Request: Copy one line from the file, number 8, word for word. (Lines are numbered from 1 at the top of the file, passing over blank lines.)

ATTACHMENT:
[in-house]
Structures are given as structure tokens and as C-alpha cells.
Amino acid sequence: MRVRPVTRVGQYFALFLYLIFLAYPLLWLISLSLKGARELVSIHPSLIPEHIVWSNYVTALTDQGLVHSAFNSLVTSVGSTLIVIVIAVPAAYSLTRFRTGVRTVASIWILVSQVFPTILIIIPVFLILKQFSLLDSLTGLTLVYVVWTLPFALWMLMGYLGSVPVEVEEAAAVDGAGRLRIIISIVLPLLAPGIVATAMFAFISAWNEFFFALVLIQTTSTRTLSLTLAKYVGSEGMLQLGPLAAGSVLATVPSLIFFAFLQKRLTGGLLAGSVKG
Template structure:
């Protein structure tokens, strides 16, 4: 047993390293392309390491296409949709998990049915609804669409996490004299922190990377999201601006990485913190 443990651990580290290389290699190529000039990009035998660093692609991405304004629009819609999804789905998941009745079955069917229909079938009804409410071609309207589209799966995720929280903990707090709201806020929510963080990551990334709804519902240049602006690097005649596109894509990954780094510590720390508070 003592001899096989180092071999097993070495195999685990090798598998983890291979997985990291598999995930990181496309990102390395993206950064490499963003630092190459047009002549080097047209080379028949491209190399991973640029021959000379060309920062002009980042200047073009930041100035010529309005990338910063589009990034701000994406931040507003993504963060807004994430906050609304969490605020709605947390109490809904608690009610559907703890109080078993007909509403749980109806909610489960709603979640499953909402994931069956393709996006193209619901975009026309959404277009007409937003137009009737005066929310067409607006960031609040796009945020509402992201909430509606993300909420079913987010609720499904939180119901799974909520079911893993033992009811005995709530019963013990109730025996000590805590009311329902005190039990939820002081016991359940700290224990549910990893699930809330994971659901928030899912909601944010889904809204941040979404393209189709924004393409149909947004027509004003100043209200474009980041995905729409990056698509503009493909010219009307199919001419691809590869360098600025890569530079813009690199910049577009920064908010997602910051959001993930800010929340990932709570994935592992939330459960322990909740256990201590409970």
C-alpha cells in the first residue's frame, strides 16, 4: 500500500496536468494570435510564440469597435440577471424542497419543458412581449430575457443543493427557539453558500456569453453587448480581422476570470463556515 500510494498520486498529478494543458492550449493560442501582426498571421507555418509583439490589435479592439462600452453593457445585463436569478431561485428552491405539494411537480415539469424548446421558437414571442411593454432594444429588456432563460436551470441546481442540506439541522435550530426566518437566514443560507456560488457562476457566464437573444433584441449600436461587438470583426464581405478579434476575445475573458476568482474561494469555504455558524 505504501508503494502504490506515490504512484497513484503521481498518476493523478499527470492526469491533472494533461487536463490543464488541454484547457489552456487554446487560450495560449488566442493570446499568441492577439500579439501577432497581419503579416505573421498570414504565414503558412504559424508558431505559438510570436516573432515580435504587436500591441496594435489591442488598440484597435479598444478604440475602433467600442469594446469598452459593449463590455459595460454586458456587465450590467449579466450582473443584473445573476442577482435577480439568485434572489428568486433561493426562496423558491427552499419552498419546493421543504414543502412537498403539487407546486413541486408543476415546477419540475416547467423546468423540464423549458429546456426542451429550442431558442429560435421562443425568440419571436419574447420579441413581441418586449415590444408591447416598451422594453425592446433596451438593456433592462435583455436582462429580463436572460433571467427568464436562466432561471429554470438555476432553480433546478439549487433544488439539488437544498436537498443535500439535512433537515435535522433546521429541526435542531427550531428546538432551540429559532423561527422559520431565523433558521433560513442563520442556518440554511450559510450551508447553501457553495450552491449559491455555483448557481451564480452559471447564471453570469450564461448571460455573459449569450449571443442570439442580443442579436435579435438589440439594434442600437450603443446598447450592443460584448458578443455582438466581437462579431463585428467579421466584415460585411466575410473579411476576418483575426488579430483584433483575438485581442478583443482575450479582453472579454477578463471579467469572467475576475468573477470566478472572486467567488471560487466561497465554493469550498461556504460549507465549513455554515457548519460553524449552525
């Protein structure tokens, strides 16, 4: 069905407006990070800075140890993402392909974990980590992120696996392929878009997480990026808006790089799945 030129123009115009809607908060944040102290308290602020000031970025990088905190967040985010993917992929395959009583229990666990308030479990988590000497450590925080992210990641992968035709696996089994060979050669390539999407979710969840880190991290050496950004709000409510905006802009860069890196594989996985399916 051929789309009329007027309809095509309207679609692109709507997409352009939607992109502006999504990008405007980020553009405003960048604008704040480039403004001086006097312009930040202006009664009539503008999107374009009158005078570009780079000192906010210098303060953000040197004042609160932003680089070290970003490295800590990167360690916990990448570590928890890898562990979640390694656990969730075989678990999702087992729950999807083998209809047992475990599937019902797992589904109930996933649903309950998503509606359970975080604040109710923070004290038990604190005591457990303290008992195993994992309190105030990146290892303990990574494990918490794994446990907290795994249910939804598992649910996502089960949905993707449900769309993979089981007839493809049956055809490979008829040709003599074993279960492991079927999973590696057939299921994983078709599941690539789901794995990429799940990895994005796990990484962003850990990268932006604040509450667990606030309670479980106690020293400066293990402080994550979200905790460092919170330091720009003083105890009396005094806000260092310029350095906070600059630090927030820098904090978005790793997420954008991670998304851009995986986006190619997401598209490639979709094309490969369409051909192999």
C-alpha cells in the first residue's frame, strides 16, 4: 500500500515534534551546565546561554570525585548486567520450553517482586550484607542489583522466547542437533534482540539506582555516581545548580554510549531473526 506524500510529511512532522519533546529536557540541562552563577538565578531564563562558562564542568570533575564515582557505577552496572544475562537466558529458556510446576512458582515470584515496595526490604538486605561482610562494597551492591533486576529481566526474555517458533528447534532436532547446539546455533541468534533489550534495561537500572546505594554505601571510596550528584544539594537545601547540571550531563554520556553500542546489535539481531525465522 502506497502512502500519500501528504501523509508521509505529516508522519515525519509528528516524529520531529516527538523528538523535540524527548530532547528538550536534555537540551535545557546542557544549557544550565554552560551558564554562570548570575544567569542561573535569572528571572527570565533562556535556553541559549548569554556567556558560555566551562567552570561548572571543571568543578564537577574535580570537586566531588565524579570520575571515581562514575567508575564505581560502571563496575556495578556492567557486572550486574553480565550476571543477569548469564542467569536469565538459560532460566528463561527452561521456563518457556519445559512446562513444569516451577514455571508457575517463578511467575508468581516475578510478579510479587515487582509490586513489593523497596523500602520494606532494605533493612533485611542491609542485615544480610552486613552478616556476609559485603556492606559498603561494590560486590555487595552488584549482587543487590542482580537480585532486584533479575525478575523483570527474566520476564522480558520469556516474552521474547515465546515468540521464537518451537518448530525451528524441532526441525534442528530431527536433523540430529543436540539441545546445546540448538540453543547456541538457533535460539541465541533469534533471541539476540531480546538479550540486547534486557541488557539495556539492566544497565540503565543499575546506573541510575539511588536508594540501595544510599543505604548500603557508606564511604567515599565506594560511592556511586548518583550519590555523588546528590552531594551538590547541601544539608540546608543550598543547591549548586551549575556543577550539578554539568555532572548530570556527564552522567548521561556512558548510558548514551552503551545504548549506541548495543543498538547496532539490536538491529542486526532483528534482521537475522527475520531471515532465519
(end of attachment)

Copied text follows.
C-alpha cells in the first residue's frame, strides 16, 4: 500500500515534534551546565546561554570525585548486567520450553517482586550484607542489583522466547542437533534482540539506582555516581545548580554510549531473526 506524500510529511512532522519533546529536557540541562552563577538565578531564563562558562564542568570533575564515582557505577552496572544475562537466558529458556510446576512458582515470584515496595526490604538486605561482610562494597551492591533486576529481566526474555517458533528447534532436532547446539546455533541468534533489550534495561537500572546505594554505601571510596550528584544539594537545601547540571550531563554520556553500542546489535539481531525465522 502506497502512502500519500501528504501523509508521509505529516508522519515525519509528528516524529520531529516527538523528538523535540524527548530532547528538550536534555537540551535545557546542557544549557544550565554552560551558564554562570548570575544567569542561573535569572528571572527570565533562556535556553541559549548569554556567556558560555566551562567552570561548572571543571568543578564537577574535580570537586566531588565524579570520575571515581562514575567508575564505581560502571563496575556495578556492567557486572550486574553480565550476571543477569548469564542467569536469565538459560532460566528463561527452561521456563518457556519445559512446562513444569516451577514455571508457575517463578511467575508468581516475578510478579510479587515487582509490586513489593523497596523500602520494606532494605533493612533485611542491609542485615544480610552486613552478616556476609559485603556492606559498603561494590560486590555487595552488584549482587543487590542482580537480585532486584533479575525478575523483570527474566520476564522480558520469556516474552521474547515465546515468540521464537518451537518448530525451528524441532526441525534442528530431527536433523540430529543436540539441545546445546540448538540453543547456541538457533535460539541465541533469534533471541539476540531480546538479550540486547534486557541488557539495556539492566544497565540503565543499575546506573541510575539511588536508594540501595544510599543505604548500603557508606564511604567515599565506594560511592556511586548518583550519590555523588546528590552531594551538590547541601544539608540546608543550598543547591549548586551549575556543577550539578554539568555532572548530570556527564552522567548521561556512558548510558548514551552503551545504548549506541548495543543498538547496532539490536538491529542486526532483528534482521537475522527475520531471515532465519